NATO leaders will also agree to reform the alliance by slashing the number of command headquarters and making them easily deployable to foreign conflicts.

Alliance officials insist the transition to Afghan control is not a rush to the exit, but the war is deeply unpopular in Europe and cash-strapped governments are under pressure from voters to bring soldiers home.

ADVERTISEMENT

Nevertheless, Obama hopes to convince his European allies to send more troops to train their Afghan comrades, and summit host Portugal said Friday that it would like to send more.

Karzai surprised many of his allies this week by urging the United States to scale down military operations and by sharply criticising special forces night raids on Afghan homes.

Hundreds of police closed off and secured streets surrounding the complex, part of a team of 7,000 deployed for the meeting. A frigate patrolled the river and a helicopter patrolled overhead.

But there was no sign of the street fighting by anarchist militants that marred last year’s NATO summit in Strasbourg, and police were able to contain scattered pacifist protesters.

ADVERTISEMENT

This video is from MSNBC’s Morning Joe, broadcast Nov. 19, 2010.

Visit msnbc.com for breaking news, world news, and news about the economy

With AFP.

Report typos and corrections to [email protected].
READ COMMENTS - JOIN THE DISCUSSION
Continue Reading

Facebook

Maddow slams Trump’s era of government officials ‘saving the country from the commander-in-chief’ with leaks

Published

on

Rachel Maddow on Monday worried about the pattern of government officials leaking to the press to stop President Donald Trump from sabotaging United States' interests to help Russia.

The MSNBC anchor broke down the key questions raised by the bombshell New York Times report that officials were keeping secrets from Trump to protect U.S. interests.

Maddow reminded of a June 2017 story by Michael Isikoff.

Continue Reading

Breaking Banner

Trump angrily demands newspaper reveal unnamed sources behind bombshell report on his Russia policy

Published

on

President Donald Trump on Monday evening again lashed out at The New York Times for reporting on his Russia policy.

"The story in The New York Times about the U.S. escalating attacks on Russia’s power grid is fake news, and the failing New York Times knows it," Trump argued in a tweet sent after 10 p.m.

"They should immediately release their sources which, if they exist at all, which I doubt, are phony," he continued.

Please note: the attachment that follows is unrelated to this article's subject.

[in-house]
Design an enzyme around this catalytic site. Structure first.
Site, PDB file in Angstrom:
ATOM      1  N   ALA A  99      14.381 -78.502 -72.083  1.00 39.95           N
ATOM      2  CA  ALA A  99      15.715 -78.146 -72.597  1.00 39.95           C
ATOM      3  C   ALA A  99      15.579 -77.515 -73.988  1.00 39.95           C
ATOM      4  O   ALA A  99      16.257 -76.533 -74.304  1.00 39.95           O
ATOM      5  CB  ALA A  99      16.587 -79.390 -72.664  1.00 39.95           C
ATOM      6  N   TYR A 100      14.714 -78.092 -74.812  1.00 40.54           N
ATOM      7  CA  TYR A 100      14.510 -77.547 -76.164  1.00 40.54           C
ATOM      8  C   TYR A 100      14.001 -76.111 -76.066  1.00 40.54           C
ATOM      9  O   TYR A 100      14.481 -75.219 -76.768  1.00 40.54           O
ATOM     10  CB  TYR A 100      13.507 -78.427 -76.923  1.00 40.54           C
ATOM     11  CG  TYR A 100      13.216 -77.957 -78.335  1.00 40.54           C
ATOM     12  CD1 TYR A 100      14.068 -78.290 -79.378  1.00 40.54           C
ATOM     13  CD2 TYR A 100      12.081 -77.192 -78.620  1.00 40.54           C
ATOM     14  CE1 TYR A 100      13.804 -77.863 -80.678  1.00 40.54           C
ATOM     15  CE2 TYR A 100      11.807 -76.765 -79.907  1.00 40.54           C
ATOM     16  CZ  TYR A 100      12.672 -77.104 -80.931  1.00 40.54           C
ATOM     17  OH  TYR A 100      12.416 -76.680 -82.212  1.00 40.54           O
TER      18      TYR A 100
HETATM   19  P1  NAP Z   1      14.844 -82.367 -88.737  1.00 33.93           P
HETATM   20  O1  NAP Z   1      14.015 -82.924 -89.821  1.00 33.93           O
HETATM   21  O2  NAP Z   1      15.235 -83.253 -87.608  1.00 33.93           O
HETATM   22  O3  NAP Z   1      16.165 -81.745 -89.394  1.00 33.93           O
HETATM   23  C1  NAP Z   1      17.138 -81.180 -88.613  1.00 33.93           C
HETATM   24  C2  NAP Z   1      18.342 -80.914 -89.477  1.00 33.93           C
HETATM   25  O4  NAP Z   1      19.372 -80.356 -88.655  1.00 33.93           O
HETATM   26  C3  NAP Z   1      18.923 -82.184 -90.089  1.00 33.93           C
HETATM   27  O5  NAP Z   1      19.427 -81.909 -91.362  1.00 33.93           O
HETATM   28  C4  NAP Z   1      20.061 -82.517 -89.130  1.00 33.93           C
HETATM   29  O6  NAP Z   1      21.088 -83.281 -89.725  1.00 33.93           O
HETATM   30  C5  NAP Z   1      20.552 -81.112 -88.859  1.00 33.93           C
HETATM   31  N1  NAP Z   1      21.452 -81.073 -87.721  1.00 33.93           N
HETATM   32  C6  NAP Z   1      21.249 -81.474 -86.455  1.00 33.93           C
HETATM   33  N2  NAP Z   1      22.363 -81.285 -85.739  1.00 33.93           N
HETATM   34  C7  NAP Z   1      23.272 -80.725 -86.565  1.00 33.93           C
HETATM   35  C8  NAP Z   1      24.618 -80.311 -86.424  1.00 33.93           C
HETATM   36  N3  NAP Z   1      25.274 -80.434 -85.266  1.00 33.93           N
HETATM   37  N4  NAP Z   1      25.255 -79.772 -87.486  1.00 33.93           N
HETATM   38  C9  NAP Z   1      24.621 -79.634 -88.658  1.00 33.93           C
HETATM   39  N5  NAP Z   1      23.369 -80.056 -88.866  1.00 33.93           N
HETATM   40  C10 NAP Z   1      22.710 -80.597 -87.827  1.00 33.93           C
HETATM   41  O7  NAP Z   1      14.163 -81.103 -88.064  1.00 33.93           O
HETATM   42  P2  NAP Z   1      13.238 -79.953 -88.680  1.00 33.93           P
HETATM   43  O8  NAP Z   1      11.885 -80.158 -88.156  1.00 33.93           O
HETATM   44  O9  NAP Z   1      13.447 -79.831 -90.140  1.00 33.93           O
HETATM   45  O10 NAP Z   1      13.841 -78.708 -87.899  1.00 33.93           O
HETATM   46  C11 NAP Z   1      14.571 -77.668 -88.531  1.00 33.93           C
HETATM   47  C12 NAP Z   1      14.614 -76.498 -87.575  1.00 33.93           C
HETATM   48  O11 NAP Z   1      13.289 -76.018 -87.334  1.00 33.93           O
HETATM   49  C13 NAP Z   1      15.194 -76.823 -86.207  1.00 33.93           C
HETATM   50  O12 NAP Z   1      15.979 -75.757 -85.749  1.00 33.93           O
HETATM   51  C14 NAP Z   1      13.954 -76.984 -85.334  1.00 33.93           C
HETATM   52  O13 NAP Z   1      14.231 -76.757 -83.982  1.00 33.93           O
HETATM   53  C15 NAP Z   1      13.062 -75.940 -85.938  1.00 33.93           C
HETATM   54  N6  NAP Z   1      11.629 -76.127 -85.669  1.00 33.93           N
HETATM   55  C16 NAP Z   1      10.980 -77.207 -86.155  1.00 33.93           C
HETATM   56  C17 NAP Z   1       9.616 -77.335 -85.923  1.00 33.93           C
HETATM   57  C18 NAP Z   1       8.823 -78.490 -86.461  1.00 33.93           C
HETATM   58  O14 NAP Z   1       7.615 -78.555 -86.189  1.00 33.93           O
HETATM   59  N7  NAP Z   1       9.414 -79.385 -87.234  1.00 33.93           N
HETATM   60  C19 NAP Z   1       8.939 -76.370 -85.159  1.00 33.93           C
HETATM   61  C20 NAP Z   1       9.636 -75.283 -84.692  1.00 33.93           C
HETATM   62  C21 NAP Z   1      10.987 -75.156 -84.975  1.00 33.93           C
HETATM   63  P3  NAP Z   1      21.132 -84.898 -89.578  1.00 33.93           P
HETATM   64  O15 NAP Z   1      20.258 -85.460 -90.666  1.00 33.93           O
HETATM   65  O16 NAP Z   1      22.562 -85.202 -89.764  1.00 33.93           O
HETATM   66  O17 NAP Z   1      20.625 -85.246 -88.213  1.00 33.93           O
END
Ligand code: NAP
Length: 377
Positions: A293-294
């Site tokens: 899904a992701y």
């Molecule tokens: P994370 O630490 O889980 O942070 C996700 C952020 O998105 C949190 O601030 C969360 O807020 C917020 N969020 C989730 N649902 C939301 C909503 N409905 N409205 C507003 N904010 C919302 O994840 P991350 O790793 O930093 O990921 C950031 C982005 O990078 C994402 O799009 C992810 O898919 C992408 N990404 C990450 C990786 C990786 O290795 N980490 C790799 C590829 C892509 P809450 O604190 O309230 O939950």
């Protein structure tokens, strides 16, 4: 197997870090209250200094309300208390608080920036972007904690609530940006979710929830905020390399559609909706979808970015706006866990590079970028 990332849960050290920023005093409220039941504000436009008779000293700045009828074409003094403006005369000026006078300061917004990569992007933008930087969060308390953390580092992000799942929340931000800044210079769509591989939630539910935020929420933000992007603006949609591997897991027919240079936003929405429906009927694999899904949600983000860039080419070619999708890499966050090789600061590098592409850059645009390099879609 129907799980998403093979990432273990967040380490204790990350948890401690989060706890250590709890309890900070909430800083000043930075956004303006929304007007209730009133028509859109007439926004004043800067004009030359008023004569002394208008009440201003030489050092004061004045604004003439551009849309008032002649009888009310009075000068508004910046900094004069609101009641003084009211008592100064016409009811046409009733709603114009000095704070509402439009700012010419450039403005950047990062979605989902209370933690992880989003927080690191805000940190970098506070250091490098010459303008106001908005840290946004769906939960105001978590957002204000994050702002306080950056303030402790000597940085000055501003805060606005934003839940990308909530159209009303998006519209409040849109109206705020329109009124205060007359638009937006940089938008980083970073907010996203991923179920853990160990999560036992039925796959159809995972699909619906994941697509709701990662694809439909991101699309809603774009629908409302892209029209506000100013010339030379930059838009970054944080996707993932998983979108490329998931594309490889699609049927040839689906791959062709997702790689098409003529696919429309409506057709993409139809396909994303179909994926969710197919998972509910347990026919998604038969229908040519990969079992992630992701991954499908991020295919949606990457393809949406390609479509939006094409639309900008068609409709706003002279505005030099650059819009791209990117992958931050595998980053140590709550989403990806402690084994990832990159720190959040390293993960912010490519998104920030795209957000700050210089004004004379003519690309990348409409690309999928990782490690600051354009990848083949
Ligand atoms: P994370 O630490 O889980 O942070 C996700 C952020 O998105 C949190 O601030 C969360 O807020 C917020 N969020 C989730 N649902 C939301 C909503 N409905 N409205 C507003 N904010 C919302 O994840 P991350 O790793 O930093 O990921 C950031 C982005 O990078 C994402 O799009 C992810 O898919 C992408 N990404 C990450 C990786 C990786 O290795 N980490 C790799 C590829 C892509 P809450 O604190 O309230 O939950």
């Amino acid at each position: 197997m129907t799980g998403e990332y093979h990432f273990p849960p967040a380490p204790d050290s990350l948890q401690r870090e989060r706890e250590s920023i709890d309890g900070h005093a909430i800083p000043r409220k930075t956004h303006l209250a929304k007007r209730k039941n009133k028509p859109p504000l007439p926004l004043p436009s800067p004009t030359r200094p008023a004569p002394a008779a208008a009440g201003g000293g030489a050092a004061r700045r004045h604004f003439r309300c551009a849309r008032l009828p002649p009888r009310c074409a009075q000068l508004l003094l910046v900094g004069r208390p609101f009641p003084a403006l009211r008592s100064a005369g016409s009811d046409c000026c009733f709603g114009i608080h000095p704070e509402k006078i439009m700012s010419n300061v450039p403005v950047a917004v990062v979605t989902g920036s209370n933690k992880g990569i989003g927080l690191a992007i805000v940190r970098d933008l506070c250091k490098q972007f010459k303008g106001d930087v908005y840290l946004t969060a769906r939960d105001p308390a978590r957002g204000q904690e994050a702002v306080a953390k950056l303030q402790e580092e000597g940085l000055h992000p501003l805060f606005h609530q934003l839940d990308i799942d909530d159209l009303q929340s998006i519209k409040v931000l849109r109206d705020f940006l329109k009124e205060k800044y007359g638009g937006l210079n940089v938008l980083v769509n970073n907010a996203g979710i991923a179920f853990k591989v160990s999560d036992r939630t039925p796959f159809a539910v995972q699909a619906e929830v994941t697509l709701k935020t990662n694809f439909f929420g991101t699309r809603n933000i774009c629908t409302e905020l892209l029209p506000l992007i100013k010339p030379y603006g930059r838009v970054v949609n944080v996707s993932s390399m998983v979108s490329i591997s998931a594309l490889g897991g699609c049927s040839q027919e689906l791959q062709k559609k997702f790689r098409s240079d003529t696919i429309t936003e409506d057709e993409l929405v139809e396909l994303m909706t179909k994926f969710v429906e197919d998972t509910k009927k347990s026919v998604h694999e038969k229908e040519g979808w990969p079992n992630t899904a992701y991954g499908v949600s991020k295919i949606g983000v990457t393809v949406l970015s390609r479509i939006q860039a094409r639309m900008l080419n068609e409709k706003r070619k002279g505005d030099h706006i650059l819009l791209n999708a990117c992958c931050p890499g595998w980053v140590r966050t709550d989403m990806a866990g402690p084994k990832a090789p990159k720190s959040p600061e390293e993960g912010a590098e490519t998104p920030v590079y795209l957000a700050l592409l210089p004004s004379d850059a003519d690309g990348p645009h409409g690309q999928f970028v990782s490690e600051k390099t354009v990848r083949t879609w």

"Times must be held fully accountable," he demanded.

https://twitter.com/realDonaldTrump/status/1140804748423118848

Continue Reading
 

Breaking Banner

Trump seethes and calls Fox ‘fake news’ after seeing a story that made him mad

Published

on

Trouble appears to be brewing between President Donald Trump and the cable news station he loves: Fox News.

In a tweet Monday night, the president lashed out at the network over its polling and called it “fake news’ — an epithet he usually reserves for mainstream outlets:

https://twitter.com/realDonaldTrump/status/1140768516288782336?ref_src=twsrc%5Etfw

Media Matters for America Senior Fellow Matthew Gertz, who has previously noted that Trump appears to record news segments and watch them a few hours later, suggested that the president appeared to be reacting to an earlier segment from Special Report with Bret Baier. The segment showed that, even according to Fox News’ polling, Trump trails every single leading candidate in the Democratic field in head-to-head matchups.

Continue Reading
 
 

Copyright © 2019 Raw Story Media, Inc. PO Box 21050, Washington, D.C. 20009 | Masthead | Privacy Policy | For corrections or concerns, please email [email protected]

I need your help.

Investigating Trump's henchmen is a full time job, and I'm trying to bring in new team members to do more exclusive reports. We have more stories coming you'll love. Join me and help restore the power of hard-hitting progressive journalism.

TAKE A LOOK
close-link

Investigating Trump is a full-time job, and I want to add new team members to do more exclusive reports. We have stories coming you'll love. Join me and go ad-free, while restoring the power of hard-hitting progressive journalism.

TAKE A LOOK
close-link